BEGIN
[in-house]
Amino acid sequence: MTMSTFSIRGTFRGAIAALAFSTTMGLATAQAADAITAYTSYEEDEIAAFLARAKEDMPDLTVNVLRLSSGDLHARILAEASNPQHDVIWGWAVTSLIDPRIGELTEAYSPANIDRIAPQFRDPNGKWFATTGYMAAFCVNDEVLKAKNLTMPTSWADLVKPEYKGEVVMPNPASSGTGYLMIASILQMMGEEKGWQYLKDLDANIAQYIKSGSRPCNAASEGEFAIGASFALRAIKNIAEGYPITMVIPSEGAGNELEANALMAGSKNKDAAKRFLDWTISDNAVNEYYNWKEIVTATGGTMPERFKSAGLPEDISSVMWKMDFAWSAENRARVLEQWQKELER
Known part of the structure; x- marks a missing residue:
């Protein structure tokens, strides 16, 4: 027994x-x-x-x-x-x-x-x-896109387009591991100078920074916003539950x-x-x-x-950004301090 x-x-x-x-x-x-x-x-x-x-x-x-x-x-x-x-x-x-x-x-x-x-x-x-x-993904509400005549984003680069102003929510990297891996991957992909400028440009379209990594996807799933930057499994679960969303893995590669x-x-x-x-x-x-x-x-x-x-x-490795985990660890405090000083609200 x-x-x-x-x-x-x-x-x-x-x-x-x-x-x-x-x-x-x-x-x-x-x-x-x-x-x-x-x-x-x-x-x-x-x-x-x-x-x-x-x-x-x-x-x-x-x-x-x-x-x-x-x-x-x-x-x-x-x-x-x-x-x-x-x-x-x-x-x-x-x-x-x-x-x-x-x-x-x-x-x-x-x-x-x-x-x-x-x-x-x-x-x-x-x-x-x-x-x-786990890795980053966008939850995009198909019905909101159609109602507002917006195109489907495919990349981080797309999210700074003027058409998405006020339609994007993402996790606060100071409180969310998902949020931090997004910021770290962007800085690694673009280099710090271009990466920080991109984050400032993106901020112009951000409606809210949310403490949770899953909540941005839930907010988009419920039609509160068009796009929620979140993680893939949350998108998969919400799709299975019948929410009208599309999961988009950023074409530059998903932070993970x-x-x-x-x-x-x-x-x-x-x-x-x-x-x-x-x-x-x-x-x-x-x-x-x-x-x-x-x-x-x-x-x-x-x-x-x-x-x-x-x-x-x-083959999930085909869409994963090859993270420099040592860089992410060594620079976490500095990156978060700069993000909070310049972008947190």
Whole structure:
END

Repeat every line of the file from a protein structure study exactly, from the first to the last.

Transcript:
[in-house]
Amino acid sequence: MTMSTFSIRGTFRGAIAALAFSTTMGLATAQAADAITAYTSYEEDEIAAFLARAKEDMPDLTVNVLRLSSGDLHARILAEASNPQHDVIWGWAVTSLIDPRIGELTEAYSPANIDRIAPQFRDPNGKWFATTGYMAAFCVNDEVLKAKNLTMPTSWADLVKPEYKGEVVMPNPASSGTGYLMIASILQMMGEEKGWQYLKDLDANIAQYIKSGSRPCNAASEGEFAIGASFALRAIKNIAEGYPITMVIPSEGAGNELEANALMAGSKNKDAAKRFLDWTISDNAVNEYYNWKEIVTATGGTMPERFKSAGLPEDISSVMWKMDFAWSAENRARVLEQWQKELER
Known part of the structure; x- marks a missing residue:
């Protein structure tokens, strides 16, 4: 027994x-x-x-x-x-x-x-x-896109387009591991100078920074916003539950x-x-x-x-950004301090 x-x-x-x-x-x-x-x-x-x-x-x-x-x-x-x-x-x-x-x-x-x-x-x-x-993904509400005549984003680069102003929510990297891996991957992909400028440009379209990594996807799933930057499994679960969303893995590669x-x-x-x-x-x-x-x-x-x-x-490795985990660890405090000083609200 x-x-x-x-x-x-x-x-x-x-x-x-x-x-x-x-x-x-x-x-x-x-x-x-x-x-x-x-x-x-x-x-x-x-x-x-x-x-x-x-x-x-x-x-x-x-x-x-x-x-x-x-x-x-x-x-x-x-x-x-x-x-x-x-x-x-x-x-x-x-x-x-x-x-x-x-x-x-x-x-x-x-x-x-x-x-x-x-x-x-x-x-x-x-x-x-x-x-x-786990890795980053966008939850995009198909019905909101159609109602507002917006195109489907495919990349981080797309999210700074003027058409998405006020339609994007993402996790606060100071409180969310998902949020931090997004910021770290962007800085690694673009280099710090271009990466920080991109984050400032993106901020112009951000409606809210949310403490949770899953909540941005839930907010988009419920039609509160068009796009929620979140993680893939949350998108998969919400799709299975019948929410009208599309999961988009950023074409530059998903932070993970x-x-x-x-x-x-x-x-x-x-x-x-x-x-x-x-x-x-x-x-x-x-x-x-x-x-x-x-x-x-x-x-x-x-x-x-x-x-x-x-x-x-x-083959999930085909869409994963090859993270420099040592860089992410060594620079976490500095990156978060700069993000909070310049972008947190």
Whole structure: